Empowering women and girls to acquire skills to become both ICT users and creators in the digital world and STEM fields
The #eSkills4Girls Fund provides financial resources to local initiatives providing gender-sensitive skills training across countries in the Global South. The fund is committed to tackling online gender inequality and to fostering digital skills for women and girls.
Lead partners: GIZ, BMZ
EQUALS Her Digital Skills aims to design and provide access to free, gender transformative, foundational digital skills training, e-skills badges, and e-mentoring for one million women and girls by 2026. The initiative brings together three EQUALS projects into one comprehensive program: Tech4Girls workshops, EQUALS Badges, and e-mentoring.
Lead partners: EY, GSMA, ITU, W4
Skills Coalition Lead Partner:
About the EQUALS Skills Coalition
In the space of a decade, digital skills and competencies have moved from optional to critical. In increasingly technology-saturated societies, the ability to operate a smartphone, navigate the internet and understand how to safeguard information in digital mediums are ‘survival skills.’
Recent United Nations data reveals that digital skills divides across lines of gender are deep, wide and growing. In many national contexts, men are four times more likely than women to have advanced ICT skills such as the ability to programme computers, and similar divides are apparent for basic tasks such as using email or a spreadsheet.
These skills gaps carry serious repercussions for employment. Leading consulting companies estimate that 90% of all future jobs will have a digital component. Despite this, the number of women choosing to pursue technology studies and careers has been declining globally since the 1980s.
Today in Europe, only 1 in 5 technology graduates are female, just 17% of technology jobs are held by women, and app developers are six times more likely to be male than female. Over the past 10 years there has been no measurable improvement in the number of women choosing ICT careers. In the countries that make up the ‘global South,’ this digital skills gender gap is even more severe.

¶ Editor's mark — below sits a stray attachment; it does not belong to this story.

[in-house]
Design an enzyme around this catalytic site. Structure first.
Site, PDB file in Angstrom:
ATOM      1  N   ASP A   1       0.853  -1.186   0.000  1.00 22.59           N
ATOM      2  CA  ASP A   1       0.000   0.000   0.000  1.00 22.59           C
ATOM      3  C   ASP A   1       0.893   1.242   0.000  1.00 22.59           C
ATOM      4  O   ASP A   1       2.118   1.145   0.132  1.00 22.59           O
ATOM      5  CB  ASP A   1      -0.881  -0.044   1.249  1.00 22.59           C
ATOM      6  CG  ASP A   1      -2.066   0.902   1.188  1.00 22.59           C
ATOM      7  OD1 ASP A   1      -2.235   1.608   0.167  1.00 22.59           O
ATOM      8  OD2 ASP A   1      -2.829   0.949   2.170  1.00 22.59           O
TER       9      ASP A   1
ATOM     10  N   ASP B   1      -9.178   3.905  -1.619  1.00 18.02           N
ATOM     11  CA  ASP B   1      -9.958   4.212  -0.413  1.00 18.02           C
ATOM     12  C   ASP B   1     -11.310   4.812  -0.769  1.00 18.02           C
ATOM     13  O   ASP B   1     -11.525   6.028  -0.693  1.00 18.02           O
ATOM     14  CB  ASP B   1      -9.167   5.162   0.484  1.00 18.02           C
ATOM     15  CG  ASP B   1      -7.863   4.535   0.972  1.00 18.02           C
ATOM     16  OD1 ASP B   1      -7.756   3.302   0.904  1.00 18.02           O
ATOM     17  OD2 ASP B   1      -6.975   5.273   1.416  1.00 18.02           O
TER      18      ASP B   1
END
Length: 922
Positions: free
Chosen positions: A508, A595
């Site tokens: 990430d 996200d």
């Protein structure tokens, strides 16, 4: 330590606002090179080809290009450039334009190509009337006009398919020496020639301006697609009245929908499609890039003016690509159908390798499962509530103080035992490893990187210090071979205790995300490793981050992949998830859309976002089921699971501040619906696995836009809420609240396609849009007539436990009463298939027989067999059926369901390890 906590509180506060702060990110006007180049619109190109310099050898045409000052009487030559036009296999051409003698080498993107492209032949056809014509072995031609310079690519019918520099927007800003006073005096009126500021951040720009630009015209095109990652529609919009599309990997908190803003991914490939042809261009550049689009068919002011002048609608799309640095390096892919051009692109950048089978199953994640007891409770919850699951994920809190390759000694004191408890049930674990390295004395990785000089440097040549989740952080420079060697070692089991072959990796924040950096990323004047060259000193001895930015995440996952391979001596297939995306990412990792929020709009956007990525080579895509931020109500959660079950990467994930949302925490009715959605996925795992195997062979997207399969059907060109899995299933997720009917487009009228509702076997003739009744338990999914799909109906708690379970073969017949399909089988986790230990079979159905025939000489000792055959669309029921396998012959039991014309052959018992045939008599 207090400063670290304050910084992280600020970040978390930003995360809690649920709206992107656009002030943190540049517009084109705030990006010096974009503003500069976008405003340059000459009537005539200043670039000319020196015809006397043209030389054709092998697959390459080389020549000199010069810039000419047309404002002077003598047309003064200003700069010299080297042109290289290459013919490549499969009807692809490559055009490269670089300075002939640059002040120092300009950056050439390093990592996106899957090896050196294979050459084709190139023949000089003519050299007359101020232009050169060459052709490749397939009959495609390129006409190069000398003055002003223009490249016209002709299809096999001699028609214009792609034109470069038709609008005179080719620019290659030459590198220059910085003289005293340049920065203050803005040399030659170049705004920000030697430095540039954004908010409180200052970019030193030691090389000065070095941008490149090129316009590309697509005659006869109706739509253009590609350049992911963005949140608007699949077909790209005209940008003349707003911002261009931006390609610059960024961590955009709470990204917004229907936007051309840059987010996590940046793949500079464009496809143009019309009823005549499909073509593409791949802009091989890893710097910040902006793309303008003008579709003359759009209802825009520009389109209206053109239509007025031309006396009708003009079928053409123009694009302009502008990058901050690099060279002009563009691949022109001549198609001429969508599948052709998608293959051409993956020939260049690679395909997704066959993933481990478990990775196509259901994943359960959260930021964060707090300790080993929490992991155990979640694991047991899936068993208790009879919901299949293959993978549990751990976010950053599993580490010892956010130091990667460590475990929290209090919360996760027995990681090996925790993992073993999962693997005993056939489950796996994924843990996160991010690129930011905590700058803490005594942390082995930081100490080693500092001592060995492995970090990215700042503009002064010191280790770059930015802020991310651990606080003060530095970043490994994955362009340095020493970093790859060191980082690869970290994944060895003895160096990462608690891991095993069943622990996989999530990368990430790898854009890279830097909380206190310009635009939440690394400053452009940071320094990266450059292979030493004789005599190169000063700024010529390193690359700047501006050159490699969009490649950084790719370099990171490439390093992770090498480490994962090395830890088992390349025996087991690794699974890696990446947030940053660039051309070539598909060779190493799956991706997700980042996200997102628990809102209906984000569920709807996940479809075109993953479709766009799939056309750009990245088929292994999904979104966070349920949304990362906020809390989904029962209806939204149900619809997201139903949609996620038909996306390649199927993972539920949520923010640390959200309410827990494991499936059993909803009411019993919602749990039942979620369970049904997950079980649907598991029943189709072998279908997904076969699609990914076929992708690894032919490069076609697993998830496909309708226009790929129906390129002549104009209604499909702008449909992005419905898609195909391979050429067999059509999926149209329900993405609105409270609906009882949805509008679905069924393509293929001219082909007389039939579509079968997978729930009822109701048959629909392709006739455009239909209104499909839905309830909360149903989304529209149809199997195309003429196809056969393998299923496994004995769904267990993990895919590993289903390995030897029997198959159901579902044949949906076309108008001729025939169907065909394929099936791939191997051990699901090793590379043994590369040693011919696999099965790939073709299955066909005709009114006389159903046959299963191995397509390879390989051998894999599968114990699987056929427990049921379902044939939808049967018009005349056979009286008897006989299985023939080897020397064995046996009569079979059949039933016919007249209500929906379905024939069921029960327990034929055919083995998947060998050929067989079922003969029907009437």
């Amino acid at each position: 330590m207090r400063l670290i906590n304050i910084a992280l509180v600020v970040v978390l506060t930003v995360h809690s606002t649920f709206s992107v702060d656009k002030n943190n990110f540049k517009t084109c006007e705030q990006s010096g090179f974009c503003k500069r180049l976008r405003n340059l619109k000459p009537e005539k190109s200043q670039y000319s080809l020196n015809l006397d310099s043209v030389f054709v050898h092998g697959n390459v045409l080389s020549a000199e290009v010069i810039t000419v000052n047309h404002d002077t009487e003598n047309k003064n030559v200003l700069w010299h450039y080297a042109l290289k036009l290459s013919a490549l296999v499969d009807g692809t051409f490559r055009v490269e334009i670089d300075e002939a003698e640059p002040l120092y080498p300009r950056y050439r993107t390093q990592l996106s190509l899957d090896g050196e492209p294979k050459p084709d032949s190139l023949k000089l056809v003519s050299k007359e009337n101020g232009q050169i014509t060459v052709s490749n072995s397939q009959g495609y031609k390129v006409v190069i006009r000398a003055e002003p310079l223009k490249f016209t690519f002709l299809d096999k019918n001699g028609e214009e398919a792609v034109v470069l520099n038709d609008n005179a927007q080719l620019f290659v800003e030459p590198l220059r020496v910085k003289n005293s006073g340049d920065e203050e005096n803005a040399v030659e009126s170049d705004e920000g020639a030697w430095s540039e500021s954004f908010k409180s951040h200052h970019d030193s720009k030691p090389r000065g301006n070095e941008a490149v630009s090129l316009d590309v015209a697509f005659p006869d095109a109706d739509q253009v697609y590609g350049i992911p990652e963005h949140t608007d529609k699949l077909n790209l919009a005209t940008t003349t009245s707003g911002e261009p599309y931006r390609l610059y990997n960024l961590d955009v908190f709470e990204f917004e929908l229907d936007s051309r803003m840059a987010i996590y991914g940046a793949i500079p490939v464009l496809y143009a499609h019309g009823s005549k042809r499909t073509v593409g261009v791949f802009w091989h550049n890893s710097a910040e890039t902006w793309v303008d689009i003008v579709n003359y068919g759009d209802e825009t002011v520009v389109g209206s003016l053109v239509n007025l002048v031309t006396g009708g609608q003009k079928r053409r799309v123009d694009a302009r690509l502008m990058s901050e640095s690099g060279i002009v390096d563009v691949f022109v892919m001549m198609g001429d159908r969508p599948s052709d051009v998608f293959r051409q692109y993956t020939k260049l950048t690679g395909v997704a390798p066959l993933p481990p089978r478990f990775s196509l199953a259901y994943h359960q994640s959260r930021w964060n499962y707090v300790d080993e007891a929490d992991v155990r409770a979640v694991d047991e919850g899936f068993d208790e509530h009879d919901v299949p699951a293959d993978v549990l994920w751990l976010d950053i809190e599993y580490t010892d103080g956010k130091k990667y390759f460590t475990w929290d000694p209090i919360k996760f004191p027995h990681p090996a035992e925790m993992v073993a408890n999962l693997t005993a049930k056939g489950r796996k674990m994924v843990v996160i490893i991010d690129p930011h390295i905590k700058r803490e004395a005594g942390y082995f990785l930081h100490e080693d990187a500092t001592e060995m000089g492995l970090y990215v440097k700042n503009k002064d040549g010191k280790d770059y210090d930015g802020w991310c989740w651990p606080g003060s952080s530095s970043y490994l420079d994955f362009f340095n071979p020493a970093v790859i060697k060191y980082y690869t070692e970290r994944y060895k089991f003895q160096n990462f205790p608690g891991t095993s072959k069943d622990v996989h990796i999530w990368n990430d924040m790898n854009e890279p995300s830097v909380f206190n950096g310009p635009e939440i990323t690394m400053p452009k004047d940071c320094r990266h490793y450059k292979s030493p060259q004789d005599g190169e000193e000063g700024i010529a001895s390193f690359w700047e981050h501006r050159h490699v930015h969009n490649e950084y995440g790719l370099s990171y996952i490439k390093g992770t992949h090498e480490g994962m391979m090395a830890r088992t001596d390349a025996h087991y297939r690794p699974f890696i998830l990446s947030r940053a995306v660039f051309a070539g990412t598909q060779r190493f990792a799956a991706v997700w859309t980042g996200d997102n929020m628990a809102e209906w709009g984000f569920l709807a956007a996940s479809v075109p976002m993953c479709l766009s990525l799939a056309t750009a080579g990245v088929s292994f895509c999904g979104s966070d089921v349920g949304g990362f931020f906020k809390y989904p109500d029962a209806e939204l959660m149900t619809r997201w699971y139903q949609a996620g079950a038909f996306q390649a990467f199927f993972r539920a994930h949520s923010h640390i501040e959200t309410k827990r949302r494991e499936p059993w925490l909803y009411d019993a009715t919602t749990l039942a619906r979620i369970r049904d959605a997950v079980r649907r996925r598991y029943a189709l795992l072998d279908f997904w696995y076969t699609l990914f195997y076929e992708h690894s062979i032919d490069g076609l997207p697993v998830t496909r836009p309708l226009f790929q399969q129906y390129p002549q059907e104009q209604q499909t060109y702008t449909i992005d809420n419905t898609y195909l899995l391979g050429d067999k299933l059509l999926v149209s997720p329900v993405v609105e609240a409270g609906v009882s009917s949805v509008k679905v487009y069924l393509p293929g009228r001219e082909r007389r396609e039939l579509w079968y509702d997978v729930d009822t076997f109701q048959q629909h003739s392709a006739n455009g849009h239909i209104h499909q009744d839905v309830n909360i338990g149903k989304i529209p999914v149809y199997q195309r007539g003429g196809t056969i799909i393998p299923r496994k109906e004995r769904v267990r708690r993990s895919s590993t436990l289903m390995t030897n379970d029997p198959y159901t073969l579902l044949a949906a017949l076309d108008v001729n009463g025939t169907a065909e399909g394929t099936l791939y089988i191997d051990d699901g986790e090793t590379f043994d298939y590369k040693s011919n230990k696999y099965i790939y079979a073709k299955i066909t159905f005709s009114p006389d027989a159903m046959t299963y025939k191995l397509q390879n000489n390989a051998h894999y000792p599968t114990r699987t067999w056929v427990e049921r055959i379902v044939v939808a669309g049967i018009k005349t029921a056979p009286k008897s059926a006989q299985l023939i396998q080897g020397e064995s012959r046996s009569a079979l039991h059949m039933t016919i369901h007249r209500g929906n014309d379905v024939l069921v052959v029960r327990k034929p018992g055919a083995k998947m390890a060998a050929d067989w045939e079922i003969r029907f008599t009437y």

Why it Matters
For young girls to take advantage of the innumerable benefits technology has to offer while staying alert to technology risks, they must have the opportunity to acquire and develop digital skills.
Overall, helping women and girls develop digital skills offers a clear return on investment. It leads to stronger families, stronger communities, stronger economies and stronger technology. This is the goal of the EQUALS Skills Coalition.
Because when women thrive, societies, businesses and economies thrive.
Skills Coalition Goals
Our goal is to ensure 60% of women and girls have achieved at least a minimum level of proficiency in sustainable digital skills by 2030.
Ensure girls receive a good ICT foundation at school
Ensuring women and girls can access additional high quality ICT education and training
Change mindsets of men and women about the role of women in ICT
Ensure women and girls’ safety and security in education institutions
Skills Coalition Partners
Vijay Computer Academy